The final musical of the 2016/2017 Broadway season opened Wednesday night at the Jacobs Theatre. NY1 theatre critic Roma Torre reviews "Bandstand." 

"Bandstand" is back on the boards after an earlier run at the Paper Mill Playhouse 18 months ago. The promising musical wasn’t quite ready for the big time back then, but it most certainly is now.  With much of the original cast returning, it's a testament to the power of perseverance and the subtle magic of fine tuning.

The story is tighter now. Set in 1945, Donny Novitzki is a World War II vet who struggles to regain his music career.  He hears about a contest to record an original patriotic song and decides that’s his ticket. And so he goes about putting together a band comprised of other vets, a motley group of guys suffering with various forms of PTSD. And as it turns out, the widow of Danny's army buddy is a singer who eventually joins the band.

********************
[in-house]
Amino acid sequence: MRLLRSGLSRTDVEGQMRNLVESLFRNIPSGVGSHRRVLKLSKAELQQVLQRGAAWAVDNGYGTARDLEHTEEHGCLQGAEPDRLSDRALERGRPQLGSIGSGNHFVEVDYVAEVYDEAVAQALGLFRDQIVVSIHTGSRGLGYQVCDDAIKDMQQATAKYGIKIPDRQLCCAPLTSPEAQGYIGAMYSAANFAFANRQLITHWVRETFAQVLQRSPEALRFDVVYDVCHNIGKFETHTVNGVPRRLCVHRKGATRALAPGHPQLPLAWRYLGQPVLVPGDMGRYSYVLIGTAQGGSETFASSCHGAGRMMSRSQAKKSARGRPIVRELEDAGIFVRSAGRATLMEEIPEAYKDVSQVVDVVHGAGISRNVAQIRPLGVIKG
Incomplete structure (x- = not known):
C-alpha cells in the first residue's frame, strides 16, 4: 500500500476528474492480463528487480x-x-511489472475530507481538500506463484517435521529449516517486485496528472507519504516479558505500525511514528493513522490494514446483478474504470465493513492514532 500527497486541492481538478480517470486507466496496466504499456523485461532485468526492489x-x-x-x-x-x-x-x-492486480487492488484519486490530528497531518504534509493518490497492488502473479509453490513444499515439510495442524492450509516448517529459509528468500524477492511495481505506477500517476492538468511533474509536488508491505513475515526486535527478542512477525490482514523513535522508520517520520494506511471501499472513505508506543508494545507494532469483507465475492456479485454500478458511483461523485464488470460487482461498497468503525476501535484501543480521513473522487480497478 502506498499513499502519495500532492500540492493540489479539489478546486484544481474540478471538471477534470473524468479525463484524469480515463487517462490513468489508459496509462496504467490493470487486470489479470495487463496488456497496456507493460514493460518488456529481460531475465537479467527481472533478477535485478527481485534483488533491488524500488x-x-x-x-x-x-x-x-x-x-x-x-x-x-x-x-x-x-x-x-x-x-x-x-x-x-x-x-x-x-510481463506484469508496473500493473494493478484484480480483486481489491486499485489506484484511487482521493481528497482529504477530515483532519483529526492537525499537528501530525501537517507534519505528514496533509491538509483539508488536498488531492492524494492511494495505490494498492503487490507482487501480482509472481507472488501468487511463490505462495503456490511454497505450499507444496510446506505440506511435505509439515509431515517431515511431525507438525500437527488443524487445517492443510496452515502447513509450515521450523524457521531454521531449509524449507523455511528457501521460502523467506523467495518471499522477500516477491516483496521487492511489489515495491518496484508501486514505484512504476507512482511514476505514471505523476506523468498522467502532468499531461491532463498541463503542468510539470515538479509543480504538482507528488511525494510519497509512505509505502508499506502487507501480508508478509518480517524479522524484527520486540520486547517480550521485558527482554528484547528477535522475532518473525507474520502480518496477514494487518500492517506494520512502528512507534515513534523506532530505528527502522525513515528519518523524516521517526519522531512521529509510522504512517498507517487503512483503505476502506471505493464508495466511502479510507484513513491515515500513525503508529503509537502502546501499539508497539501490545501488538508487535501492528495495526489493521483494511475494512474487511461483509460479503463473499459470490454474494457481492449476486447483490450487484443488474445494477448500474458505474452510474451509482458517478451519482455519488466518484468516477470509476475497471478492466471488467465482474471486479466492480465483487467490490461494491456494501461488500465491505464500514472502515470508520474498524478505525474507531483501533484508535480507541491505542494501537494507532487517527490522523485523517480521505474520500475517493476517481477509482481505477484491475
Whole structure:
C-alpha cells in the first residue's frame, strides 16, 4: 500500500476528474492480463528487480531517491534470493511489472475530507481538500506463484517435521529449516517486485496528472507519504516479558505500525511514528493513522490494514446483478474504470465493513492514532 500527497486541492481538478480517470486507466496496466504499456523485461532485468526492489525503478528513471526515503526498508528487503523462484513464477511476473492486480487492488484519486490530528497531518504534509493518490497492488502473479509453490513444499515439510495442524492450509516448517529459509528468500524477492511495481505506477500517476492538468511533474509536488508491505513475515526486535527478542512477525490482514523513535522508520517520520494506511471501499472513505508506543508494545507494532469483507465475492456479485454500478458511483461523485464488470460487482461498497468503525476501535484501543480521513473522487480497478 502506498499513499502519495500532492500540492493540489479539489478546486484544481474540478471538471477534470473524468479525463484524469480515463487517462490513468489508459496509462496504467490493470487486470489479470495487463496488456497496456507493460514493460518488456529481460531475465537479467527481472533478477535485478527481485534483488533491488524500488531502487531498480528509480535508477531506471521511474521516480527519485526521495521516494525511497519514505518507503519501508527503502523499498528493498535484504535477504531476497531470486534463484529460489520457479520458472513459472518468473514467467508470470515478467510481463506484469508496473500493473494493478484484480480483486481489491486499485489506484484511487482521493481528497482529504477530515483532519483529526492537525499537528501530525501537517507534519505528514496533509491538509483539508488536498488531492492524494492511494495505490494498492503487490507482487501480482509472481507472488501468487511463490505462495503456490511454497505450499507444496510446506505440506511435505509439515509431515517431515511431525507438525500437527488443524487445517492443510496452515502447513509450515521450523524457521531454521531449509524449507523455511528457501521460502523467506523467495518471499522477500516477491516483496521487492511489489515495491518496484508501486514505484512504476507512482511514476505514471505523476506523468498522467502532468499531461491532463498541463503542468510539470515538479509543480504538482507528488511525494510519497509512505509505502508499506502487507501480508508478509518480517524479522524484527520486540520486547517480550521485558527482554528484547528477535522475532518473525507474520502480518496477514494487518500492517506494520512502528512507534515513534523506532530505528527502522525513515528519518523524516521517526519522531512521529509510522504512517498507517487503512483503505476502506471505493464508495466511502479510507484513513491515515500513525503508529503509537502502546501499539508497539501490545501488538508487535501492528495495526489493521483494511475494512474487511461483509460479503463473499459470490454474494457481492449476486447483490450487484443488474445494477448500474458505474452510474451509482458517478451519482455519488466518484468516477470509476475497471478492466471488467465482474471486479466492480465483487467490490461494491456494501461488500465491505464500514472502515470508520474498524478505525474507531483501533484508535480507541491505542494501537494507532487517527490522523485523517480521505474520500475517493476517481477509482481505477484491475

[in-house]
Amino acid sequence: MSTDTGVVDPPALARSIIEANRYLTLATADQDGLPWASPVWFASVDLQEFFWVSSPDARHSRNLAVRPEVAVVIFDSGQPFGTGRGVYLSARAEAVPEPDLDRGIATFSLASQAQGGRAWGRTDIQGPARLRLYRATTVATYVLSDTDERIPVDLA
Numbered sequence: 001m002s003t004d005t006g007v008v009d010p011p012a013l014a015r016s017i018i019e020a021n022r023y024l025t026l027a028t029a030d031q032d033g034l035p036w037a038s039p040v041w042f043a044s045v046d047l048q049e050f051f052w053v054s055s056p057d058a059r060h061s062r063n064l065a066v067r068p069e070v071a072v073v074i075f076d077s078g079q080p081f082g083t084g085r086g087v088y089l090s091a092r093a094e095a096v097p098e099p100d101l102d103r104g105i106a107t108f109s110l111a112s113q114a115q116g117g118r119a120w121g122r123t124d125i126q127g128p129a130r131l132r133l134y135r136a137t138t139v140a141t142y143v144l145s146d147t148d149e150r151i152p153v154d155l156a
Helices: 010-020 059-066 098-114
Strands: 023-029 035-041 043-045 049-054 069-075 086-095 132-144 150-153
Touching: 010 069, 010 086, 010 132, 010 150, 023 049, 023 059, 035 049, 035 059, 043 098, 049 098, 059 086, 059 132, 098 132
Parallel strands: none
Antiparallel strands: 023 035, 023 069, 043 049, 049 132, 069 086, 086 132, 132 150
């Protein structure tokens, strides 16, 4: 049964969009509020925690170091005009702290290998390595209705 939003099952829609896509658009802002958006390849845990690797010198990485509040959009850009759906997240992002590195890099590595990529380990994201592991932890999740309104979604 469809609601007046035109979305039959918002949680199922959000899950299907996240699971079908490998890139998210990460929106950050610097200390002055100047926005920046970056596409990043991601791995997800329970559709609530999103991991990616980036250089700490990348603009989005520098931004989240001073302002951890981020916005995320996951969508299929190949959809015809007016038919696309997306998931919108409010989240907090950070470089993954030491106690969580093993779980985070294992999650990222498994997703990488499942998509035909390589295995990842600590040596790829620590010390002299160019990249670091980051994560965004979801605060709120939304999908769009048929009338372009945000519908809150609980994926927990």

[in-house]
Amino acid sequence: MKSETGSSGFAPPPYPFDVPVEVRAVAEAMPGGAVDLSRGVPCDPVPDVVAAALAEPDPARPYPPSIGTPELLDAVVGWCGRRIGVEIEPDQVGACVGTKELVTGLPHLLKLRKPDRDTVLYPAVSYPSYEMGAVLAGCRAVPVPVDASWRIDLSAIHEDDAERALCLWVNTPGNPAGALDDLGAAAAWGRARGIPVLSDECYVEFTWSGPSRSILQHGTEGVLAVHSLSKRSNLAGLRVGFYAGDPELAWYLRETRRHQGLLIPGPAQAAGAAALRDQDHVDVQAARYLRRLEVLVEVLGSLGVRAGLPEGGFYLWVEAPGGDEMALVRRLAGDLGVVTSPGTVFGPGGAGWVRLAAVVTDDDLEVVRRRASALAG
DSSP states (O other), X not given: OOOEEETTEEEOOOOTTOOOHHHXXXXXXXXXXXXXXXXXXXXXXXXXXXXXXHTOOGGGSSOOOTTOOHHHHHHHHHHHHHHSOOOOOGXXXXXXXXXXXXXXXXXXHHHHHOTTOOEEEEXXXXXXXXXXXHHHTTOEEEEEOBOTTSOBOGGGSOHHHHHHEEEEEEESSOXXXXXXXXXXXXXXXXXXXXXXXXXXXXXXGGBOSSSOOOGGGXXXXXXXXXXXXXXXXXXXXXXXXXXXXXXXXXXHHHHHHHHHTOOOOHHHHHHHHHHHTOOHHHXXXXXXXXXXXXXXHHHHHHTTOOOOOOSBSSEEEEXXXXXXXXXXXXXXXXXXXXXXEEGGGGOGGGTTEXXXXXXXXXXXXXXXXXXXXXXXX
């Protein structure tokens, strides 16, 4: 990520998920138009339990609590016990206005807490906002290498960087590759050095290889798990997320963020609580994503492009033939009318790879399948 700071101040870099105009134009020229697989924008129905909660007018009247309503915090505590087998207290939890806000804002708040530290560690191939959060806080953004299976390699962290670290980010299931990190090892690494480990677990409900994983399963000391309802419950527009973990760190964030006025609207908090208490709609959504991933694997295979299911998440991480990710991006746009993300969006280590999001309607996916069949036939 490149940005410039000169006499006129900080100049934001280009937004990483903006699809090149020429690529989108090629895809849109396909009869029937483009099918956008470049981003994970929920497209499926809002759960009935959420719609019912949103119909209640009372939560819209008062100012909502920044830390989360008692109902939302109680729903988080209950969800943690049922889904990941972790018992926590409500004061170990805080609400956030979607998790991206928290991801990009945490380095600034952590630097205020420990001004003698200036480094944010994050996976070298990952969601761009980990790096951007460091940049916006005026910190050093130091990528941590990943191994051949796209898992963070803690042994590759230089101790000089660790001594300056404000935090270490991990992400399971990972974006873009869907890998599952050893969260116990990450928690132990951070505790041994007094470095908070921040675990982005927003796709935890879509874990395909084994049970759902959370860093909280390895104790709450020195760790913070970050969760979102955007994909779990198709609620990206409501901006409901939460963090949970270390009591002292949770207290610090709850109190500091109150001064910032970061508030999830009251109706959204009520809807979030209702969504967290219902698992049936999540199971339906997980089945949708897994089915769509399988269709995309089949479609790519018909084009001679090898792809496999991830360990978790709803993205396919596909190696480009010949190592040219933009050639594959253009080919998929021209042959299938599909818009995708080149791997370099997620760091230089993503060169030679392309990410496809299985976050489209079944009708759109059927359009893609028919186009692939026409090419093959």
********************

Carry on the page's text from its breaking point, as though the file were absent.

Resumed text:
Sure, it sounds a bit contrived, but Rob Taylor and Richard Oberacker, who co-wrote the book and lyrics, did a fine job turning the story into a deeply engaging and moving work.  With high intensity and just the right touch of humor, they deal sensitively with the emotional issues plaguing each of the characters, while director/choreographer Andy Blankenbuehler put it into exhilarating motion.  His stylized dances, segueing between scenes, are much better integrated now, at times expressing through movement the characters' inner demons.

And Oberacker's music - a mix of swing, jazz, blues and ballad - is appealingly catchy. A couple of tunes are still swirling in my head.  

The cast is a wonderfully committed bunch.  The guys in the band are equally accomplished musicians, while acting and singing with honest conviction. 

Beth Leavel as a supportive mom lights up the stage with tremendous warmth. Laura Osnes continues to prove herself far more than a pretty voice. She is a bonafide actress who happens to sing magnificently. And, through song and dialogue, Corey Cott, delivers a beautifully nuanced portrait of a man on a mission to salvage his damaged soul.

With nary a false note in this revised production, "Bandstand" creates sweet harmony from the dissonance of war.